Captain Vince frowned black as night, and clapped his hand to his sword-hilt; but the pale merchant made no movement of defence, and the captain, striking his clinched fist against the table, dashed from the room. Before he reached his ship he had sworn a solemn oath: he vowed that he would follow that pirate ship; he would kill, burn, destroy, annihilate, but out of the storm and the fire he would pick unharmed the father of the girl who had entranced him and had spurned him. He laughed savagely as he thought of it. With that dolt of a father in his hands, a man wearing always around his neck the hangman’s noose, he would hold the card which would give him the game. What Mistress Kate Bonnet might say or do; what she might like or might not like; what her ideas about honour might be or might not be, it would be a very different thing when he, her imperious lover, should hold the end of that noose in his hand. She might weep, she might rave, but come what would, she was the man’s daughter, and she would be Lady Vince.
So he went on board the Badger, and he cursed and he commanded and he raged; and his officers and his men, when the hurried violence of his commands gave them a chance to speak to each other, muttered that they pitied that pirate and his crew when the Badger came up with them.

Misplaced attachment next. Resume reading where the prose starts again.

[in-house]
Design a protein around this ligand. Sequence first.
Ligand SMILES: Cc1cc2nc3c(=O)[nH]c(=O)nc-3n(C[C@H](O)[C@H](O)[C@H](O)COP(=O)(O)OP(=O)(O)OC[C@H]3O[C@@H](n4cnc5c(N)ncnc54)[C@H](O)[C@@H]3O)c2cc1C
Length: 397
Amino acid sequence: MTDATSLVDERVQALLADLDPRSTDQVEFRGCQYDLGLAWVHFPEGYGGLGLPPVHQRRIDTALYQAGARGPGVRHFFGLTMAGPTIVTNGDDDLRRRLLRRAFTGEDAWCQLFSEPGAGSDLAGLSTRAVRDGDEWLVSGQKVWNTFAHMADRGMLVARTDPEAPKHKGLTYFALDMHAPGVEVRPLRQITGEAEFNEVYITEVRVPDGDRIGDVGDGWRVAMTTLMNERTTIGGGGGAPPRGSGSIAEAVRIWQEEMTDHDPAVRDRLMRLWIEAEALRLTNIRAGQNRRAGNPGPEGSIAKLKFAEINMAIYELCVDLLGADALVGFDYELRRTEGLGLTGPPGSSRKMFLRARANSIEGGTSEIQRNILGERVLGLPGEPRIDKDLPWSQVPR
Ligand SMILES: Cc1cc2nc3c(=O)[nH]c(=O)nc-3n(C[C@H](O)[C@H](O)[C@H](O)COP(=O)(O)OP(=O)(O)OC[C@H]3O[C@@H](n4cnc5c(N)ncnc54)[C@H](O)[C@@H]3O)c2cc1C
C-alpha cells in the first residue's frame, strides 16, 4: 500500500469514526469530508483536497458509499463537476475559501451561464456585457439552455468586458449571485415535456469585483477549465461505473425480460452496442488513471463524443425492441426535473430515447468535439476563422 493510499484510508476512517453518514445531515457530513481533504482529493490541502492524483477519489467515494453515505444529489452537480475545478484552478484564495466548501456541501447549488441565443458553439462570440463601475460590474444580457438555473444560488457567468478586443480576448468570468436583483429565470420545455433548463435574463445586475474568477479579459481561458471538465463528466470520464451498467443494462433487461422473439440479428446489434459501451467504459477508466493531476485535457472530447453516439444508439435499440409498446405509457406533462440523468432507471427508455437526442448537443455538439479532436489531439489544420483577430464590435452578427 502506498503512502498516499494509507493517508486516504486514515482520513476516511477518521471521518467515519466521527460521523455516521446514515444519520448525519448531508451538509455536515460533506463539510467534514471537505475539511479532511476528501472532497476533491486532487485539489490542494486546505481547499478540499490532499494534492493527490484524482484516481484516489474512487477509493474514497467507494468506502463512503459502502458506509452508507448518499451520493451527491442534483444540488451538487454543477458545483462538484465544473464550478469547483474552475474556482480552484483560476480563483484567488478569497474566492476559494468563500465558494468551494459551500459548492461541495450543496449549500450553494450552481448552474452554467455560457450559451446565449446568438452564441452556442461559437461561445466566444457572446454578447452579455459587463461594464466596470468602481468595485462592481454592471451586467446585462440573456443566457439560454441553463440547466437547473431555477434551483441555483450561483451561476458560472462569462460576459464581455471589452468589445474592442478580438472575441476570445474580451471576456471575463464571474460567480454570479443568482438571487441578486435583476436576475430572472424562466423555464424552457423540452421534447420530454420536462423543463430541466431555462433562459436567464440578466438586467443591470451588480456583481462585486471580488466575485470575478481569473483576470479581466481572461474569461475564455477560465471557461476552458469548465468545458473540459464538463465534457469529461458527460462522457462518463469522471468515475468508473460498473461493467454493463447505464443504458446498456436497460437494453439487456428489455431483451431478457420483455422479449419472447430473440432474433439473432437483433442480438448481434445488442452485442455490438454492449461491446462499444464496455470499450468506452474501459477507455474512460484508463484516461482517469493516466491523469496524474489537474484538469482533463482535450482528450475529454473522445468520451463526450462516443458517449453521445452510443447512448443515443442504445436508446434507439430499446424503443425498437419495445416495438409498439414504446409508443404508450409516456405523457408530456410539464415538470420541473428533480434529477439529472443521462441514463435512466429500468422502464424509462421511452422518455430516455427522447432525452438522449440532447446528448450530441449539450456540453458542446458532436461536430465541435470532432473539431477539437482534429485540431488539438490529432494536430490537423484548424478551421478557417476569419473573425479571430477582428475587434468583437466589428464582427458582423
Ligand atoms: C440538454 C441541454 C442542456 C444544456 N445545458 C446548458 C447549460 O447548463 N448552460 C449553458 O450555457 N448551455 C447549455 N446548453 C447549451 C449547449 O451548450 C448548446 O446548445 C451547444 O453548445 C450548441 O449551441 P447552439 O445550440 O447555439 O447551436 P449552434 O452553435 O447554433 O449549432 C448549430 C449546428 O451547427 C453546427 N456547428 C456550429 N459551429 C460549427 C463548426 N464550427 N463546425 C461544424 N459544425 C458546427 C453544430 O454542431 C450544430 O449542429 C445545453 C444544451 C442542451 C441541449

Clouds settled down upon the home of Mr. Delaplaine. There were no visitors, there was no music, there seemed to be no sunshine. The beautiful fabrics, the jewels, and the feathers were seen no more. It was Kate of the broken heart who wandered under the trees and among the blossoms, and knew not that there existed such things as cooling shade and sweet fragrance. She could not be comforted, for, although her uncle told her that he had had information that her father’s ship had sailed northward, and that it was, therefore, likely that the corvette would not overtake him, she could not forget that, whatever of good or evil befell that father, he was a pirate, and he had deserted her.
So they said but little, the uncle and the niece, who sorrowed quietly.
Dame Charter was in a strange state of mind. During the frequent visits of Captain Vince she had been apprehensive and troubled, and her only comfort was that the Badger had merely touched at this port to refit, and that she must soon sail away and take with her her captain. The good woman had begun to expect and to hope for the return of Dickory, but later she had blessed her stars that he was not there. He was a fiery boy, her brave son, but it would have been a terrible thing for him to become involved with an officer in the navy, a man with a long, keen sword.
Now that the captain had raged himself away from the Delaplaine house her spirits rose, and her great fear was that the corvette might not leave port before the brig came in. If Dickory should hear of the things that captain had said—but she banished such thoughts from her mind, she could not bear them.